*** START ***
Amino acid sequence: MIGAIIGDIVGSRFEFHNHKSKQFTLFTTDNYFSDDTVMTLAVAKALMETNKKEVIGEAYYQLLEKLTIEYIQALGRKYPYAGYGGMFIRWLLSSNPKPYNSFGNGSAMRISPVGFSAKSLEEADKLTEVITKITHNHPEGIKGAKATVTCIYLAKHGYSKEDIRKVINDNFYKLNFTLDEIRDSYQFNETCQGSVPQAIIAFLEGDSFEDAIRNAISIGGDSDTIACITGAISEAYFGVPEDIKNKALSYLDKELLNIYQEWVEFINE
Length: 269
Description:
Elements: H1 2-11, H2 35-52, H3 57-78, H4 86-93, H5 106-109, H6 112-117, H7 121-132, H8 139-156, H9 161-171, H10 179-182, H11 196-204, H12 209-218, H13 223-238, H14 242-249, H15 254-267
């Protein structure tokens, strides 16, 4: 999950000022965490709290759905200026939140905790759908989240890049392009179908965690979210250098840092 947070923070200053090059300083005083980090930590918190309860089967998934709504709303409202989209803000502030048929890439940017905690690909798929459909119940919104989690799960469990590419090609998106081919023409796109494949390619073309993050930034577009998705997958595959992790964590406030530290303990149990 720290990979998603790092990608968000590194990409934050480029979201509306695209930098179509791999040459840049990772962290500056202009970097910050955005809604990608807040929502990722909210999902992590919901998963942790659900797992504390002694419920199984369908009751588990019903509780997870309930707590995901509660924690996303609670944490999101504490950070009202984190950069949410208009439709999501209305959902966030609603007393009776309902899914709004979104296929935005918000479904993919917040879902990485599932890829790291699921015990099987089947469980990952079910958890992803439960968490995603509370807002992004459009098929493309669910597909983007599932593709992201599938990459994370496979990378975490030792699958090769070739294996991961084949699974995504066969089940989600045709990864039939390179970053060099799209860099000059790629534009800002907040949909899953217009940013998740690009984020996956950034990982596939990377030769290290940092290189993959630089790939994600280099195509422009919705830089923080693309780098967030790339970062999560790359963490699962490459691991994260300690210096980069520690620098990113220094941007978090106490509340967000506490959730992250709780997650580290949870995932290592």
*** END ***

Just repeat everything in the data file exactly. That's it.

Amino acid sequence: MIGAIIGDIVGSRFEFHNHKSKQFTLFTTDNYFSDDTVMTLAVAKALMETNKKEVIGEAYYQLLEKLTIEYIQALGRKYPYAGYGGMFIRWLLSSNPKPYNSFGNGSAMRISPVGFSAKSLEEADKLTEVITKITHNHPEGIKGAKATVTCIYLAKHGYSKEDIRKVINDNFYKLNFTLDEIRDSYQFNETCQGSVPQAIIAFLEGDSFEDAIRNAISIGGDSDTIACITGAISEAYFGVPEDIKNKALSYLDKELLNIYQEWVEFINE
Length: 269
Description:
Elements: H1 2-11, H2 35-52, H3 57-78, H4 86-93, H5 106-109, H6 112-117, H7 121-132, H8 139-156, H9 161-171, H10 179-182, H11 196-204, H12 209-218, H13 223-238, H14 242-249, H15 254-267
């Protein structure tokens, strides 16, 4: 999950000022965490709290759905200026939140905790759908989240890049392009179908965690979210250098840092 947070923070200053090059300083005083980090930590918190309860089967998934709504709303409202989209803000502030048929890439940017905690690909798929459909119940919104989690799960469990590419090609998106081919023409796109494949390619073309993050930034577009998705997958595959992790964590406030530290303990149990 720290990979998603790092990608968000590194990409934050480029979201509306695209930098179509791999040459840049990772962290500056202009970097910050955005809604990608807040929502990722909210999902992590919901998963942790659900797992504390002694419920199984369908009751588990019903509780997870309930707590995901509660924690996303609670944490999101504490950070009202984190950069949410208009439709999501209305959902966030609603007393009776309902899914709004979104296929935005918000479904993919917040879902990485599932890829790291699921015990099987089947469980990952079910958890992803439960968490995603509370807002992004459009098929493309669910597909983007599932593709992201599938990459994370496979990378975490030792699958090769070739294996991961084949699974995504066969089940989600045709990864039939390179970053060099799209860099000059790629534009800002907040949909899953217009940013998740690009984020996956950034990982596939990377030769290290940092290189993959630089790939994600280099195509422009919705830089923080693309780098967030790339970062999560790359963490699962490459691991994260300690210096980069520690620098990113220094941007978090106490509340967000506490959730992250709780997650580290949870995932290592």